The next discussion topic was on the strategies used to help prepare for change. Robin pointed to training as the best way to prepare people for change. She emphasized training people early and often. She trained constantly for a two month period prior to a change in email systems in her workplace and this training made the transition go smoothly. The more people know about a change, the more comfortable they are about the upcoming change. Cathy recommended trying to create a culture of innovation in the library rather than just focusing on an individual employee. To create this culture employees need to think about ongoing change. Changes are constantly coming to our organizations, so we need to be prepared for them at the cultural level. She recommended the book “Out Iceberg Is Melting” as a good introduction to change management principles and innovative cultures. Cathy also stressed that employees at all levels of the organization can contribute to creating an innovative culture that embraces changes. Transparency and communication are vital aspects of change management. People are often reluctant to accept change because they worry about how it will impact their ability to do their job well. Employees should share new ideas and innovative practices and managers should be willing to listen to and try these ideas.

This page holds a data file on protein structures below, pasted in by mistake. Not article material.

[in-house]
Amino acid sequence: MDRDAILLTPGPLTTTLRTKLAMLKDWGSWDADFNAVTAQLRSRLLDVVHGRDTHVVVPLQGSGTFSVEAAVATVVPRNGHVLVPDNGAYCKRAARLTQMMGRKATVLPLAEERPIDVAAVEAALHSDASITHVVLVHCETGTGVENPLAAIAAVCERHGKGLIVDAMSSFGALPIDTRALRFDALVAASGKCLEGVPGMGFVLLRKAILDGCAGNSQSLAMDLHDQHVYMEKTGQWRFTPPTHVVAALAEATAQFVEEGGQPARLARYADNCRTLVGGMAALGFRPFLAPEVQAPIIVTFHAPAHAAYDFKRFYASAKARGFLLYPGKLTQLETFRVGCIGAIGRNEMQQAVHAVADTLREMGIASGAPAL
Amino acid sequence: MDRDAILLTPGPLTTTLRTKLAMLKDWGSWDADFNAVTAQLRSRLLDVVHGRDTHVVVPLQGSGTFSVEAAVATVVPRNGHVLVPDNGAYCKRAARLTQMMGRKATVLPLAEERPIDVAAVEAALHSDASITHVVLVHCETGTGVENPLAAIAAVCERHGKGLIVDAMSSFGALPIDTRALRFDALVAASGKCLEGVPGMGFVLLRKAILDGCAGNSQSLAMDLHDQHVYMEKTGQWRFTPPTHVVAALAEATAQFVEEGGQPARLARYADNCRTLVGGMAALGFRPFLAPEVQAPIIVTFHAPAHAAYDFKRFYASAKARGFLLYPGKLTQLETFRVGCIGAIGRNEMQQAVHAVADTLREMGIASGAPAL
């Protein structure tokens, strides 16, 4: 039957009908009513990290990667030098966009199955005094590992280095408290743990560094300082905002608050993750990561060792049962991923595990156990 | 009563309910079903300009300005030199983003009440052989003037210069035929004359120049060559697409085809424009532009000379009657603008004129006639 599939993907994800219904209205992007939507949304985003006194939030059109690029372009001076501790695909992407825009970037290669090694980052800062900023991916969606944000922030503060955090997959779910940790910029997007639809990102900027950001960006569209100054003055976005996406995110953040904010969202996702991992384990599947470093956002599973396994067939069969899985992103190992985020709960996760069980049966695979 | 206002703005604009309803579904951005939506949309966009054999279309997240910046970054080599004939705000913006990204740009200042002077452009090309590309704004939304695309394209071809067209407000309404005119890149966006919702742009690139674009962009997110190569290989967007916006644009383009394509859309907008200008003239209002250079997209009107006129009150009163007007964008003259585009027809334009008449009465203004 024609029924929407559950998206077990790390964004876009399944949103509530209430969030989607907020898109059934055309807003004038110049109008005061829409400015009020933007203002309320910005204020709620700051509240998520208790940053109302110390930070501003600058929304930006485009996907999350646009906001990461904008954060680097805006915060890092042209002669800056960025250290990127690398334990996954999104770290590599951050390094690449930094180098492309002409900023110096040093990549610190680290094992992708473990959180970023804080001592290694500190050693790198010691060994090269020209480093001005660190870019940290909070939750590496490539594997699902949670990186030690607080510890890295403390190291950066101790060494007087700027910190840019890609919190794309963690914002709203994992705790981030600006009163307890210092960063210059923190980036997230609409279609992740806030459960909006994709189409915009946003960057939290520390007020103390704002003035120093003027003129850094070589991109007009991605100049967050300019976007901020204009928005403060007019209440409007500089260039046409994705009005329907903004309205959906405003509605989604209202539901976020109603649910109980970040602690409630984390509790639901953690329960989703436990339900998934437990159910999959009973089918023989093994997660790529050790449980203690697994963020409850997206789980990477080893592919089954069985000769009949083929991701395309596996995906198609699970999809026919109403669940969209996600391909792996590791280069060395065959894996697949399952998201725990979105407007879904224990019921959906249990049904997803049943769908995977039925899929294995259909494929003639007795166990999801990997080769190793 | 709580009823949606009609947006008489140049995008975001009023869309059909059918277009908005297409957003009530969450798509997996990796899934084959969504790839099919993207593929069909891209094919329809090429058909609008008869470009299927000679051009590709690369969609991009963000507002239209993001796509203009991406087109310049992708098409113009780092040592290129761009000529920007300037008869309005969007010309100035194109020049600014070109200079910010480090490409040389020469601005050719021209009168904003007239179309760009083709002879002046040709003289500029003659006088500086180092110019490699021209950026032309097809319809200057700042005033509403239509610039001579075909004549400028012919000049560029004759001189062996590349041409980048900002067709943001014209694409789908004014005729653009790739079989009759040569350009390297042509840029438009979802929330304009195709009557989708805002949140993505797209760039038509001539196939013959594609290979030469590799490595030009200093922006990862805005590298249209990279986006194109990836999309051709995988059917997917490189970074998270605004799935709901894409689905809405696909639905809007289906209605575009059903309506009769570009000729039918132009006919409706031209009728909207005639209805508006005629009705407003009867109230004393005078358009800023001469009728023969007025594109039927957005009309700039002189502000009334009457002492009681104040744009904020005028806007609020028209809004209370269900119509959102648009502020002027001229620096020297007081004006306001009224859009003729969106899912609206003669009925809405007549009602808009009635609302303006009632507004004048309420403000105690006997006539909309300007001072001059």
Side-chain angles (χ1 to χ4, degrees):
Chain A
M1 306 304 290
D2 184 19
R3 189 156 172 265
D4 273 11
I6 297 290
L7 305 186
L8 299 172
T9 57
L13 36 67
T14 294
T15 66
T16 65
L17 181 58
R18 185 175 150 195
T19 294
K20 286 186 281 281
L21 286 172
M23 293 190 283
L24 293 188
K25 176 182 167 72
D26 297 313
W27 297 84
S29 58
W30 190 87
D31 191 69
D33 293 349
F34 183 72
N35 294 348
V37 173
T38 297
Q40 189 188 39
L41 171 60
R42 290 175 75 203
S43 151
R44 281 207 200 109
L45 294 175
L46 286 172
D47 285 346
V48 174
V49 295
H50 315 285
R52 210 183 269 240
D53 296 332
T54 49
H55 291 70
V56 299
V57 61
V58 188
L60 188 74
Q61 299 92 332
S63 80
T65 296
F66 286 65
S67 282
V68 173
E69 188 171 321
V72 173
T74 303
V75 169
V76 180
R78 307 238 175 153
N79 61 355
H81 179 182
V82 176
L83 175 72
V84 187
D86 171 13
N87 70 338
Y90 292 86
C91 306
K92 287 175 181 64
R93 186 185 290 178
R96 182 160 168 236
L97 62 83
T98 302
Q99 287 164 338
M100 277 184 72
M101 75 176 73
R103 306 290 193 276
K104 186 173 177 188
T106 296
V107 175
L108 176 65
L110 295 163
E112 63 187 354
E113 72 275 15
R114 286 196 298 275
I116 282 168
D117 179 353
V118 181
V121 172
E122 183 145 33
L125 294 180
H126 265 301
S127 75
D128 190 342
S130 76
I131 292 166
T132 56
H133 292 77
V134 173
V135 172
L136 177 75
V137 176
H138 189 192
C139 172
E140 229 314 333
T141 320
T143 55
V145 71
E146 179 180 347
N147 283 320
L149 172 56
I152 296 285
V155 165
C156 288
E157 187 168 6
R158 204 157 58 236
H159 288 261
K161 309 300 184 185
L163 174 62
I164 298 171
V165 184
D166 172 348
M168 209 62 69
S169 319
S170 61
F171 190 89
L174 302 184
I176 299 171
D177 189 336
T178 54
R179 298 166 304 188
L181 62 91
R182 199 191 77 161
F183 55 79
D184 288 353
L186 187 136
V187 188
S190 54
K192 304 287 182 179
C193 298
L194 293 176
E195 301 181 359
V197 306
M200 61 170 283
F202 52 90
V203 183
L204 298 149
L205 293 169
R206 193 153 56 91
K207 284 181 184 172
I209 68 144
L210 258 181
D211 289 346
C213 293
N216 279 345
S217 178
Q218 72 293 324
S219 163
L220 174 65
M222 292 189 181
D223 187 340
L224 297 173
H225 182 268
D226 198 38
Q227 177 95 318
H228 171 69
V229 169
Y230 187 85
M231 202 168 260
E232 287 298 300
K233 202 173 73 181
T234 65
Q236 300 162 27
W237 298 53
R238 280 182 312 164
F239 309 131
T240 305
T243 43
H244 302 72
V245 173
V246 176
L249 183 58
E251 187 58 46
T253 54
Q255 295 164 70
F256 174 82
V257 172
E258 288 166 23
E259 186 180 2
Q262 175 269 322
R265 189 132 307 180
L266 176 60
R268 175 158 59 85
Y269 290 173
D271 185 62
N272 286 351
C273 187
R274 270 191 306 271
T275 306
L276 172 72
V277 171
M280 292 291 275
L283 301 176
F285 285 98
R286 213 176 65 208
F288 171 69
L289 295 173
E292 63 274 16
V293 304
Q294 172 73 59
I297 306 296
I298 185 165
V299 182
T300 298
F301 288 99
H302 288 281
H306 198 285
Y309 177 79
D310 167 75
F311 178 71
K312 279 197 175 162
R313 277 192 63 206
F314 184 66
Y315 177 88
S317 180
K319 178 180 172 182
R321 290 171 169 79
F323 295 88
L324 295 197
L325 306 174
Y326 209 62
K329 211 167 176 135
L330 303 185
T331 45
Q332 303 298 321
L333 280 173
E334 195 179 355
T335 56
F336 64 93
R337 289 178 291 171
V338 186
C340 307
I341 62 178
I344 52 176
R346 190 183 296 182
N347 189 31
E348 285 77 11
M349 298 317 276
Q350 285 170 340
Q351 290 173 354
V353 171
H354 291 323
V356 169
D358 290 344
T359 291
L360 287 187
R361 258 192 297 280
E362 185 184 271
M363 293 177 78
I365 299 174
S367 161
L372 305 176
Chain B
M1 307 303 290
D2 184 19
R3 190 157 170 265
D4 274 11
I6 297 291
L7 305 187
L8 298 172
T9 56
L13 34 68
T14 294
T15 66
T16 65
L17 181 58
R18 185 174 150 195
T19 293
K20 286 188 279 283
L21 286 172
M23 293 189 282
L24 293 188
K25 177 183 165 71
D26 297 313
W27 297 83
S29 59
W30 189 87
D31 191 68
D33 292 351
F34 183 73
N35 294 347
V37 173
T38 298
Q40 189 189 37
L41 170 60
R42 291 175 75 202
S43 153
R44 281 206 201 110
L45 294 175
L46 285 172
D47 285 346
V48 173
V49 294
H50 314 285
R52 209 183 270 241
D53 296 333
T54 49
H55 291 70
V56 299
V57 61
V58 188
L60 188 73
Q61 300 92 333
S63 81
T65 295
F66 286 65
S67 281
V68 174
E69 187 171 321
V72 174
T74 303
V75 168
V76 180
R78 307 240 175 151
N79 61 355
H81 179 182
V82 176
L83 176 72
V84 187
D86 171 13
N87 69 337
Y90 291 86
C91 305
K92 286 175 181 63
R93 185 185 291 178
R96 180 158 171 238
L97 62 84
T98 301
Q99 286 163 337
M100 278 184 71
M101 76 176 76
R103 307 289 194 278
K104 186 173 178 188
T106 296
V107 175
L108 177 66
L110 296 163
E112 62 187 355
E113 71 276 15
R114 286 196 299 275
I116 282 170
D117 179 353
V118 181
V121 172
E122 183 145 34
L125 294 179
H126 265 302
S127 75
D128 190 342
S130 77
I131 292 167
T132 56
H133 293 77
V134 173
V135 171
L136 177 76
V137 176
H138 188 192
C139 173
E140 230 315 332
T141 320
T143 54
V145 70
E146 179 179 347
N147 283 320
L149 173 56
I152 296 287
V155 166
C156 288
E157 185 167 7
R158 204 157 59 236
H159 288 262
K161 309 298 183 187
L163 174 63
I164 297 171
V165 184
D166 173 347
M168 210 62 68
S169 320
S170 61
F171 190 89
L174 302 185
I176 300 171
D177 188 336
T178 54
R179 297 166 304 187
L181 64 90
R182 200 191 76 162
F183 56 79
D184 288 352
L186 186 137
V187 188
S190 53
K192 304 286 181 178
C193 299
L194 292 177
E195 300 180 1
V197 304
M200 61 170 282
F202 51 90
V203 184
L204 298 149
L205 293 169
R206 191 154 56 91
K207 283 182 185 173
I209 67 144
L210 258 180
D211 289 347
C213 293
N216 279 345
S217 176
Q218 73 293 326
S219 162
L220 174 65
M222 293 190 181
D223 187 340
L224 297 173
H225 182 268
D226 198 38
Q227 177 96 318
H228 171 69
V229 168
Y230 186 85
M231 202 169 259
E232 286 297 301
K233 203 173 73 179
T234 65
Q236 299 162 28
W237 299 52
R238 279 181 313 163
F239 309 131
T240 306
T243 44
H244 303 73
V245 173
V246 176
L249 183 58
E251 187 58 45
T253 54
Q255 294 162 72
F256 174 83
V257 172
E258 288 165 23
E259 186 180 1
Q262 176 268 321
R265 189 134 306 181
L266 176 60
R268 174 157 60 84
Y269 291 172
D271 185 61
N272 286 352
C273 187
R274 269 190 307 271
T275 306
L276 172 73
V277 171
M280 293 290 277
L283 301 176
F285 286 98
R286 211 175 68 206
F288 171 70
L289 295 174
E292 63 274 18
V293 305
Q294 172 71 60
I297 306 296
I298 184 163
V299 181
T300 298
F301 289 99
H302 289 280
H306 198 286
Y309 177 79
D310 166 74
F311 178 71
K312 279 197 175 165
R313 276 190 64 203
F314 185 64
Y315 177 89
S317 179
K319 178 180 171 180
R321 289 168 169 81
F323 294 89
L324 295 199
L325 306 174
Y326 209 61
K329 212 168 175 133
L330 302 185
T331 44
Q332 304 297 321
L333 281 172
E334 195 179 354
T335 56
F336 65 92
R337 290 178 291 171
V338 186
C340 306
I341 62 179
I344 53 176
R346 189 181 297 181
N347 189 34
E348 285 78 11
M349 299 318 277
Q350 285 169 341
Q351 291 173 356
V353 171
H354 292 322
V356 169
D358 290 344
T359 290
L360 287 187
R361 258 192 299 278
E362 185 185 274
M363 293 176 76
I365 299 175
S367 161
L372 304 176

The third discussion topic in this webinar was time management. For Robin a key aspect of time management for professionals that was identified in this webinar was prioritization. In order to manage time effectively employees should be able to “gracefully let things go” – or abandon tasks that are not priorities in order to better manage their time. Priorities should be identified through conversations with supervisors and managers. Cathy began by emphasizing trust as a key aspect of time management. She noted that no supervisor wants their employees to burn out and that they trust their staff to come to them in advance of deadlines to let them to come to them to let them know when they feel that they aren’t going to be able to meet deadlines. She recommends learning as much about time management as possible by attending courses or reading books. Robin provided a few helpful tips for employees seeking to better manage their time. The first was to create a list of what you want to get done at work tomorrow at the end of each work day. The second was not to keep checking your inbox through the day – you don’t need to respond to every new email the instant it arrives. A third tip was to match your tasks with your energy levels during the day. When you start to feel burnt out, stop working on a task. She cited a presenter who advised people to think not about time management, but about work management. Work management is about managing tasks and priorities, because we all have the same amount of time available to us.